Sabrina Lozada-Cabbage might not know Portuguese, but she knows X’s and O’s.
They were the lifeline for her professional basketball education.
Lozada-Cabbage, a 2015 Santa Fe High graduate who as a junior helped the Demonettes to the Class 4A state title, knew there would be a language barrier for her playing for Guimarães’ Vitória Sports Club in the Portuguese Basketball League. So, Lozada-
Cabbage used the buddy system when it came to listening to her head coach, Manuel Monteiro, bark instructions.
“I’d buddy up with somebody who spoke good English, and they would translate whatever he was saying,” Lozada-Cabbage said.
Sometimes, though, that wasn’t enough, so Monteiro would whip out the whiteboard and break down the play.
“Everybody knows X’s and O’s,” Lozada-
Cabbage said with a laugh.
The good news was that whatever
Monteiro cooked up often involved Lozada-
Cabbage. It was different from her days at Wichita State, where she was more of a role-playing big, but Lozada-Cabbage showed she was more than up for the transition.
The 6-foot-2 forward led her team in scoring (16.8 points per game) and was second in rebounds at 9.4 as Vitória went 14-8 before the COVID-19 outbreak shut the season down in March.
By then, Lozada-Cabbage was back home in Santa Fe, after a severely sprained ankle put an early end to her rookie year. Still, it was an experience she enjoyed.
“Once you got used to the practice plans and picked up on some of the words, it
was like, ‘OK, so I know what I’m doing,’ ” Lozada-Cabbage said. “It was fun. It was a challenge, but it wasn’t too bad, especially since my teammates and coaches were all very helpful. If I had a question, they answered it the best they could.”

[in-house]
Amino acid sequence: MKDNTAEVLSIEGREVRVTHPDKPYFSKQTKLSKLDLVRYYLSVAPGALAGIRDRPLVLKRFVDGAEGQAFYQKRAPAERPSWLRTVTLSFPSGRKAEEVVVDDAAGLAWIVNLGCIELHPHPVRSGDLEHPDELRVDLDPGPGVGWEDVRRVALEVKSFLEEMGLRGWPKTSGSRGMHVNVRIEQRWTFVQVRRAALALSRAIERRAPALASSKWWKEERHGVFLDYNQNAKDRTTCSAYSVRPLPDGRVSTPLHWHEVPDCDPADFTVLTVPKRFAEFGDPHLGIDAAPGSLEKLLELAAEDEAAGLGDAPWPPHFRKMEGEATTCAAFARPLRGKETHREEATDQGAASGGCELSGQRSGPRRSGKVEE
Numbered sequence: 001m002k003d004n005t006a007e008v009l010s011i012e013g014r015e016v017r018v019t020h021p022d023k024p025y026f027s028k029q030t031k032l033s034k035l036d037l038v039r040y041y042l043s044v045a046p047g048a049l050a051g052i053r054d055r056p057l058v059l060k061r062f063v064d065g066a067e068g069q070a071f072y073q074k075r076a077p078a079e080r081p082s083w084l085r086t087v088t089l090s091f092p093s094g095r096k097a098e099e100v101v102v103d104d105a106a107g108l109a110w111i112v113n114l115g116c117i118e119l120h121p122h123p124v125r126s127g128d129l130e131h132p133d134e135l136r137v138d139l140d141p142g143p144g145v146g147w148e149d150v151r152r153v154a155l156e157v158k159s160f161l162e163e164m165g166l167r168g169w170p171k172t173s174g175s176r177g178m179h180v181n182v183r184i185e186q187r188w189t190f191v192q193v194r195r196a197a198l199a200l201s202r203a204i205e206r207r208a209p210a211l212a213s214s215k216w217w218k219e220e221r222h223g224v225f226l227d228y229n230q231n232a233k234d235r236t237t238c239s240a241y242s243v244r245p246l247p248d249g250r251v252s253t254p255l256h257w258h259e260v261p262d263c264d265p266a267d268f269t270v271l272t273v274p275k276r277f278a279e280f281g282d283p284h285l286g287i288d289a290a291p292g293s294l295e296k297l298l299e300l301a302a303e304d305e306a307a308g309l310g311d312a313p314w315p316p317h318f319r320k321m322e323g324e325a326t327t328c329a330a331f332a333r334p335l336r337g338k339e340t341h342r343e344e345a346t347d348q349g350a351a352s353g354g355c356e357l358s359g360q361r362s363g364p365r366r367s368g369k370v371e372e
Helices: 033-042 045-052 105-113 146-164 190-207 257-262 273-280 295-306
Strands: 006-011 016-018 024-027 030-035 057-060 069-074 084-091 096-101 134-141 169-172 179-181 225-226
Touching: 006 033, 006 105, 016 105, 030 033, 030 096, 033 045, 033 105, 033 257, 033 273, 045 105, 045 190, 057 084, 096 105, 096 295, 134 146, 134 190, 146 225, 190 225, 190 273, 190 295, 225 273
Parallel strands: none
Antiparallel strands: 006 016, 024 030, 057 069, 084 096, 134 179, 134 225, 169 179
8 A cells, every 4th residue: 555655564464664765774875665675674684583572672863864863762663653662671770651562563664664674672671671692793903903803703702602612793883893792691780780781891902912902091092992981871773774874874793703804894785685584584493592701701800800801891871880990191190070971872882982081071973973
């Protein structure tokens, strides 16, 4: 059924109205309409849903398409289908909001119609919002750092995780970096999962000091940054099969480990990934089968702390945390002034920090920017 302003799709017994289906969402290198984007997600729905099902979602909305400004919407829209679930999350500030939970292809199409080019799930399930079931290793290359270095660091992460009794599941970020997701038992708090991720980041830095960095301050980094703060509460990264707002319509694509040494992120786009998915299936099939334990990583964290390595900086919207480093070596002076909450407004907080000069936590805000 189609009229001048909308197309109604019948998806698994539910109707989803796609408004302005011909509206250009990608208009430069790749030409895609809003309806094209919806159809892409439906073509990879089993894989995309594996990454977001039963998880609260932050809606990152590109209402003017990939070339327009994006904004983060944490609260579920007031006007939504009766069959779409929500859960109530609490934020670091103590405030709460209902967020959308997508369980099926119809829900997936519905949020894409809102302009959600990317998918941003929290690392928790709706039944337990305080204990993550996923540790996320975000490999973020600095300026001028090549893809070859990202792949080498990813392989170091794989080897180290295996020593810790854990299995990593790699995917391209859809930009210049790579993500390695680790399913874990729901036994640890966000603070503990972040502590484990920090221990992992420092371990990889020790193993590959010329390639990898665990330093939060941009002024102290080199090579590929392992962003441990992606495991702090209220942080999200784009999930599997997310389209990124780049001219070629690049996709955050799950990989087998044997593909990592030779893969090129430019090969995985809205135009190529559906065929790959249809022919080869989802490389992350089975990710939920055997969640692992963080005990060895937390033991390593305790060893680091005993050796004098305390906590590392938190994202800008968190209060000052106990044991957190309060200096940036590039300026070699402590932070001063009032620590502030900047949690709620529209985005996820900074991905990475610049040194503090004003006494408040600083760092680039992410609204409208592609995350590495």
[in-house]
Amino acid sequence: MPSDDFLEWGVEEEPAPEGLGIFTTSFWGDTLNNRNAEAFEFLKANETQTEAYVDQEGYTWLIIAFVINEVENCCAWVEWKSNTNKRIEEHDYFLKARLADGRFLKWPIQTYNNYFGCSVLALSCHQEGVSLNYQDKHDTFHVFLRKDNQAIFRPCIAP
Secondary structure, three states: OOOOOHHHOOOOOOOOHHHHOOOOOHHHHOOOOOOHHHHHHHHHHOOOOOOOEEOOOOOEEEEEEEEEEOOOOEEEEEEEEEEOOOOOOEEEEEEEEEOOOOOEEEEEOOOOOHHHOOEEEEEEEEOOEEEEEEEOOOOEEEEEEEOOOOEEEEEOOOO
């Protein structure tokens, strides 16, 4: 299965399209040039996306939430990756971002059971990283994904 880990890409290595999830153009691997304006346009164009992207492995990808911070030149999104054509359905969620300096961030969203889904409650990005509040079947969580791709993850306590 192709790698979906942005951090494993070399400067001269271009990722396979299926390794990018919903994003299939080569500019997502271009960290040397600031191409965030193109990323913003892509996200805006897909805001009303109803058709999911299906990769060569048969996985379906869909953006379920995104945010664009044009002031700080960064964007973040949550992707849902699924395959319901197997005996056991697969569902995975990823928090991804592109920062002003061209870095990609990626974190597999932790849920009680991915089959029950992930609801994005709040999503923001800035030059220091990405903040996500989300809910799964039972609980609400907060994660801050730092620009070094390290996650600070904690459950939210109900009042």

Lozada-Cabbage got the opportunity to play professionally thanks to Shockers head coach Keitha Adams, who helped connect her with Flash Agency to represent her in April. By June, she signed a contract with Vitória and was off to Portugal by September. She learned plenty about living in Guimarães, and it involved walking.
“It was the first city in Portugal, so there is a lot of history there,” Lozada-Cabbage said. “It had an older look to it — a lot of castles, churches, cathedrals. The roads were cobblestone and we walked everywhere. We didn’t have cars, but the city was very small, so we could walk everywhere. It took 20 minutes at the most to walk somewhere.”
Lozada-Cabbage said she prepared for the season by playing in summer adult leagues and pickup games, where she honed some of the skills that made her a star at Santa Fe High. She showed an ability to play on the inside, whether it was facing the basket or posting up in the low block.
Lozada-Cabbage even showed an ability to shoot from the perimeter and drive to the basket on occasion.
“Right away, they put the ball in my hands and set plays — ‘This is for you, the ball is going through you,’ ” Lozada-Cabbage said. “I didn’t have a choice. It was just, ‘You got to go score. The ball’s in your hand; you got to go score.’ ”
And she did. Lozada-Cabbage scored 16 points to open the season in an 84-61 win over CAB Madeira and had a career-best 42-point, 19-rebound performance against CP Natacao on Dec. 15. However, her season came to an end Jan. 18 when she rolled her ankle against AD Vagos. Lozada-Cabbage thought she could play through the injury, but the club doctors cautioned she could do more damage to the ankle.
Before the injury derailed her season, Lozada-Cabbage had a chance to compete for Puerto Rico’s Olympic team (her mother and grandmother are Puerto Rican) in November while it toured Canada. She performed well enough to remain on the radar for Puerto Rico officials, but her ankle injury prevented her from competing with the team when it traveled to France for a tournament in February.
With the coronavirus pandemic halting the Tokyo Games that were scheduled for July, Lozada-Cabbage believes she has a good chance at getting healthy and competing for a spot next year. She added she is not sure what the future holds for her professional career, but she wants to keep playing.
“I’m still trying to figure out what I want to do,” Lozada-Cabbage said. “I want to keep working toward possibly playing in the Olympics. That would be wonderful.”